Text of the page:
1 ½ cups of wholemeal flour 
1 ½ tsp dried yeast 
1 tbsp olive oil
3 tbsp warm water
½ tsp salt
3 potatoes, boiled + grated 
3 spring onions 
3 cloves garlic, grated
Salt + Pepper (to taste)
Spices: ground ginger, ground cumin,
ground coriander, paprika, turmeric (to taste)


  1. Mix everything together in a bowl. The only tricky bit with bread and it comes with practice, is getting the moisture level right. Too dry or too wet and the dough will not rise properly. It should be dry enough to knead the dough easily but wet enough to stick a bit to your hands and the counter. Different flours absorb different amounts of liquid and so a recipe is not the be all and end all here. As you start to knead the dough you may have to add water or flour to get the right consistency.
  2. Knead until the dough is soft and pliable and springs back when you poke it or pull it – 5 to 10 minutes. If you have never made bread before, YouTube will have some useful tutorials.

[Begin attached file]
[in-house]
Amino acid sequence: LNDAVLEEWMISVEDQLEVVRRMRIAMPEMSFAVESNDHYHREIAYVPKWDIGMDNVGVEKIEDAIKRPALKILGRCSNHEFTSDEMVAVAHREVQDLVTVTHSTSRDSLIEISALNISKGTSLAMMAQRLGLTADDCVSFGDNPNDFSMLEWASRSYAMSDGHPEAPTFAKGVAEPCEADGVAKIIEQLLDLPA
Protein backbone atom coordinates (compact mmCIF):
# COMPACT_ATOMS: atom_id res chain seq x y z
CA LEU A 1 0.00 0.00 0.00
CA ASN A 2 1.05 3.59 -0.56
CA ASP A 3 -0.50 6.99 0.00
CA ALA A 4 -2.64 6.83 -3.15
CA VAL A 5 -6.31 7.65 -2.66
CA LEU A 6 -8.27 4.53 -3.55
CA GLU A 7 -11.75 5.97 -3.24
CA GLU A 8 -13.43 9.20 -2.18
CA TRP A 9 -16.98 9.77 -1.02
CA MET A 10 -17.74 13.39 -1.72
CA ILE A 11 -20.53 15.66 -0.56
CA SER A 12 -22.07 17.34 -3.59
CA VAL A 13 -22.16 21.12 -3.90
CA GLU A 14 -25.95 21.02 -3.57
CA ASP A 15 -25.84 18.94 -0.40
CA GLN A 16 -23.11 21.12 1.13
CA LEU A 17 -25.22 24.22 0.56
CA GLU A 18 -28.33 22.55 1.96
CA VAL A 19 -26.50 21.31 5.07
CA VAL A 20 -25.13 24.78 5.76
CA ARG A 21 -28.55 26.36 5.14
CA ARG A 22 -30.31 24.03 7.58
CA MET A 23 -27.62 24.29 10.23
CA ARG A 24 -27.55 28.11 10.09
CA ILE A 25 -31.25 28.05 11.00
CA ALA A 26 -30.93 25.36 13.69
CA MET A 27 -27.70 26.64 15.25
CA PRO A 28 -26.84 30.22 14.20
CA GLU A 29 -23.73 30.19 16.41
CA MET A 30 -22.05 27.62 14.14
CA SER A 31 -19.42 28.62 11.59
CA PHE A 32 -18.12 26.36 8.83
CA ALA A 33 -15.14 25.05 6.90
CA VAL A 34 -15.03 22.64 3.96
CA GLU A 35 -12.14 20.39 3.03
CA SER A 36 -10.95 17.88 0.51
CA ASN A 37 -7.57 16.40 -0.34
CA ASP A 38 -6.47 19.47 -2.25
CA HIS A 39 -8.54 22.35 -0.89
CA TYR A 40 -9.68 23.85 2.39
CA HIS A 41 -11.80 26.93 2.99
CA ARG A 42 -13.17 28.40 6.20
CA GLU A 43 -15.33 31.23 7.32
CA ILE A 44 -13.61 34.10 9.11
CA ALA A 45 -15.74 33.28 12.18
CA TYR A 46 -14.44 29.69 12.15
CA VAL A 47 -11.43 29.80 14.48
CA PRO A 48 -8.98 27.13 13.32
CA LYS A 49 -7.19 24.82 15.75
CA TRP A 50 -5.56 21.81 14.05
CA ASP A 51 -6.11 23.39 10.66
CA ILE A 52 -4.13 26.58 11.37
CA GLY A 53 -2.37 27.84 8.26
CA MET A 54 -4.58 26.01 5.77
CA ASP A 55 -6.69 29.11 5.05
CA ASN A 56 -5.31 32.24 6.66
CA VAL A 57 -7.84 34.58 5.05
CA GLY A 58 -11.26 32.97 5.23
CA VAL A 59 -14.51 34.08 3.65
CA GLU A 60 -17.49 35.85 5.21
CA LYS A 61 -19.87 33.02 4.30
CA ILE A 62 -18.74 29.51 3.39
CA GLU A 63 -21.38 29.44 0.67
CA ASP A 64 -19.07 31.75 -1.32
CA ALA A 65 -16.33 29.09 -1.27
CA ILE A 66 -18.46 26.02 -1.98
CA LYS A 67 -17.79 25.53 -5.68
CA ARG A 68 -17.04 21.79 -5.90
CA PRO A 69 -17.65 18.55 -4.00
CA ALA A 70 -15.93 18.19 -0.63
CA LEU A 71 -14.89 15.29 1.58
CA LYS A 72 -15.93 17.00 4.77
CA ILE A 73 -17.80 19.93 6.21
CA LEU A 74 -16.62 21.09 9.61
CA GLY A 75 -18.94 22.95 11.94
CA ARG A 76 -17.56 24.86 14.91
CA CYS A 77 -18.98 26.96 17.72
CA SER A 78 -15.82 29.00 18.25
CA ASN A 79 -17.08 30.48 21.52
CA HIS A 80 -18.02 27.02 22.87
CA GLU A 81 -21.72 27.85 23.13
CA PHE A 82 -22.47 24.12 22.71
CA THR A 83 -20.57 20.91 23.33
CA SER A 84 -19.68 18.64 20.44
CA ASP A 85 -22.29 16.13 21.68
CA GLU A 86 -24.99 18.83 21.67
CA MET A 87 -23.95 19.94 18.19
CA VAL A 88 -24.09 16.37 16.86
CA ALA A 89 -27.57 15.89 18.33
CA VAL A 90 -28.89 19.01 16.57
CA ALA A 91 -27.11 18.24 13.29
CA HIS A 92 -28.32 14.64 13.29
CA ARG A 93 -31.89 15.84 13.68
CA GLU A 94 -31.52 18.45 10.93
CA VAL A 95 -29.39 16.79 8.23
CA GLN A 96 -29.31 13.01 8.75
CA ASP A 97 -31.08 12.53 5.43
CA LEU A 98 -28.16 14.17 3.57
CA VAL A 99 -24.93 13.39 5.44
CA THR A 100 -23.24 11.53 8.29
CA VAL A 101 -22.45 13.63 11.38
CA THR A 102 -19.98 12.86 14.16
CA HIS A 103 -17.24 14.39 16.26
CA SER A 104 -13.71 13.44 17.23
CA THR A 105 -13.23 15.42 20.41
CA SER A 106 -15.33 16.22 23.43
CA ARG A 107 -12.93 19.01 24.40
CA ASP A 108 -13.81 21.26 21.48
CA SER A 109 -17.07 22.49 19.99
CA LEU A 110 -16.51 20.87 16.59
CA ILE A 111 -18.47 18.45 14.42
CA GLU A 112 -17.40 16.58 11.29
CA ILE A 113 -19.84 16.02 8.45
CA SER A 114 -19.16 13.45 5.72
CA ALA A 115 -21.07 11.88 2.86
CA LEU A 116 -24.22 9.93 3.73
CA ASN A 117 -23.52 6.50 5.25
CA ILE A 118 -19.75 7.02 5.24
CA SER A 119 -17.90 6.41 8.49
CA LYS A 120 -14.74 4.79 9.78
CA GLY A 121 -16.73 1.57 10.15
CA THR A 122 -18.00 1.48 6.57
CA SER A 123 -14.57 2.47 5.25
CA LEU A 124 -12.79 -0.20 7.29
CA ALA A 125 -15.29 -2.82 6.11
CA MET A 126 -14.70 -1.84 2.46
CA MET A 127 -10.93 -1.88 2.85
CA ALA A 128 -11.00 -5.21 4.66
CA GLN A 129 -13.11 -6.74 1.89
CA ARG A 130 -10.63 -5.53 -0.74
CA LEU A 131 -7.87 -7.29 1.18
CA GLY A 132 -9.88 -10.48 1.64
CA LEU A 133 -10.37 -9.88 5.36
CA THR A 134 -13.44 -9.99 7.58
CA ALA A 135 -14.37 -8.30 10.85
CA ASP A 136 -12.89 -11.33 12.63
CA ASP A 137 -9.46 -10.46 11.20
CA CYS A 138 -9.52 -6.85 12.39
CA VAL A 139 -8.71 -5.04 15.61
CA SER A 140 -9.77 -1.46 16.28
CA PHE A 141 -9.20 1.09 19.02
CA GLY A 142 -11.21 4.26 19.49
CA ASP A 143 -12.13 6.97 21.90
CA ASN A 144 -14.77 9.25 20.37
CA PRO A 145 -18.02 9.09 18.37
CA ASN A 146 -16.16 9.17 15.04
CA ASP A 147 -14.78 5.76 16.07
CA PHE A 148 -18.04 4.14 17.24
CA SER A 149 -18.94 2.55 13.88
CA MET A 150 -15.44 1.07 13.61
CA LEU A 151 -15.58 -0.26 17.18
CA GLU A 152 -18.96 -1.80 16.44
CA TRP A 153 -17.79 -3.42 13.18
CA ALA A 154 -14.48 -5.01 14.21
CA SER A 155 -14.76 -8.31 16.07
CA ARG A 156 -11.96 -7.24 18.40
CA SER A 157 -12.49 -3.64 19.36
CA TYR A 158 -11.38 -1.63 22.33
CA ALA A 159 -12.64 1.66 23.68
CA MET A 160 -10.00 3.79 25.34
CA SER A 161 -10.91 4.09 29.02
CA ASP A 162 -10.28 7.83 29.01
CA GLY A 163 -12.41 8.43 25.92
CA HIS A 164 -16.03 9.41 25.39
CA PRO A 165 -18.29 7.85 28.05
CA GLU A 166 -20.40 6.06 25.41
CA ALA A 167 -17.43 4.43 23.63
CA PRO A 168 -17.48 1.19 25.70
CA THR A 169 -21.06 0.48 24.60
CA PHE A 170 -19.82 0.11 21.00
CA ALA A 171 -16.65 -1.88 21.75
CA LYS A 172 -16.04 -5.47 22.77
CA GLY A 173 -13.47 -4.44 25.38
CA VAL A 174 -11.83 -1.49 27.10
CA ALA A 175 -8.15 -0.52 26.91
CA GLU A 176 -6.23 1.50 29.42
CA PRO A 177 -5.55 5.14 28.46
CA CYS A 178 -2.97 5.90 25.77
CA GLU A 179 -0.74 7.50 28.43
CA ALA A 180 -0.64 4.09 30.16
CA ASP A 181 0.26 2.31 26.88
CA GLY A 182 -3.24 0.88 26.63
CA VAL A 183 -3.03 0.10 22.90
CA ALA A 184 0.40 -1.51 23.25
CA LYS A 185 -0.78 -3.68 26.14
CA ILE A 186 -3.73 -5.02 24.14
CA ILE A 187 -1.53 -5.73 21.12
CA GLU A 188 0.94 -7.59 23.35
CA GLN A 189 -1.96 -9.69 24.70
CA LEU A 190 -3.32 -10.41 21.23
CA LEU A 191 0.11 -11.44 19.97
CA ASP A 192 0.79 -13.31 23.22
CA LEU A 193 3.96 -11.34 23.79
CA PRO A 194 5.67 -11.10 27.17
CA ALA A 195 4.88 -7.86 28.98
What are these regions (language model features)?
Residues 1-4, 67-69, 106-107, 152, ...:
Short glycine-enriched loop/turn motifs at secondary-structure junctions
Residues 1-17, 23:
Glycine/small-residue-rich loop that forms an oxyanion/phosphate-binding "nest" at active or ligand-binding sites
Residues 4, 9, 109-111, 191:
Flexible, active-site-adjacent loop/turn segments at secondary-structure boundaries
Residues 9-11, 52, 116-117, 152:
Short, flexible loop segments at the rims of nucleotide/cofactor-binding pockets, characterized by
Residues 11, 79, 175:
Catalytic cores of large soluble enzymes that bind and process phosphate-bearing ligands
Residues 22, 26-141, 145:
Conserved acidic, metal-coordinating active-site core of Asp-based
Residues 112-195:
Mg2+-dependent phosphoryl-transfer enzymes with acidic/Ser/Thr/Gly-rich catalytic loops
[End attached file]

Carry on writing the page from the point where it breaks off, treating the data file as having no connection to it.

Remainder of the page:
3. Mix all the filling ingredients together.
  4. When the dough is risen, divide it up and roll it into 15 balls.
  5. On a floured counter, roll the dough ball into a disc.
  6. Put a good tbsp. of filling in the centre of and fold it into a triangle, sealing the edges *see picture
  7. Brush each side with vegetable oil and fry on both sides on a medium heat until the dough is cooked and is a good brown colour. *we had to push down the triangle edges with a spatula and finish them off in the oven for the sake of time.

Mwara’s Tips (a.k.a breadmaster)

These stuffed flatbreads were pretty easy to make and absolutely delicious. We kept the left overs in an airtight container and the made a very good packed lunch the next day.